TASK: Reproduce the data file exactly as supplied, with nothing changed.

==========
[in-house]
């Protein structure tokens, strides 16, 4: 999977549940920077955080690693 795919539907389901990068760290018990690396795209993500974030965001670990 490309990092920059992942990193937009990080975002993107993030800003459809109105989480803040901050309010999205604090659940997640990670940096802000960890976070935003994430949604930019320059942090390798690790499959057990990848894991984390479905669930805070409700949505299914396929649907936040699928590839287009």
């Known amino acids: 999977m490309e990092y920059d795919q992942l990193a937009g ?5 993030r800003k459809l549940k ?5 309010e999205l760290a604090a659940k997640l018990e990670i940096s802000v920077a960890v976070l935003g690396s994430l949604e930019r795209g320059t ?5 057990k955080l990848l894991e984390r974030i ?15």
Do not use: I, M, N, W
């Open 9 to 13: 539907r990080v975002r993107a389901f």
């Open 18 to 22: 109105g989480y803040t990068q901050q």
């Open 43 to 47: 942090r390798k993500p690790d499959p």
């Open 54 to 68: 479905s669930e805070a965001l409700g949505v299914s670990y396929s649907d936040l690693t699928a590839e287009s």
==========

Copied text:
[in-house]
């Protein structure tokens, strides 16, 4: 999977549940920077955080690693 795919539907389901990068760290018990690396795209993500974030965001670990 490309990092920059992942990193937009990080975002993107993030800003459809109105989480803040901050309010999205604090659940997640990670940096802000960890976070935003994430949604930019320059942090390798690790499959057990990848894991984390479905669930805070409700949505299914396929649907936040699928590839287009």
């Known amino acids: 999977m490309e990092y920059d795919q992942l990193a937009g ?5 993030r800003k459809l549940k ?5 309010e999205l760290a604090a659940k997640l018990e990670i940096s802000v920077a960890v976070l935003g690396s994430l949604e930019r795209g320059t ?5 057990k955080l990848l894991e984390r974030i ?15």
Do not use: I, M, N, W
């Open 9 to 13: 539907r990080v975002r993107a389901f």
């Open 18 to 22: 109105g989480y803040t990068q901050q």
């Open 43 to 47: 942090r390798k993500p690790d499959p």
């Open 54 to 68: 479905s669930e805070a965001l409700g949505v299914s670990y396929s649907d936040l690693t699928a590839e287009s």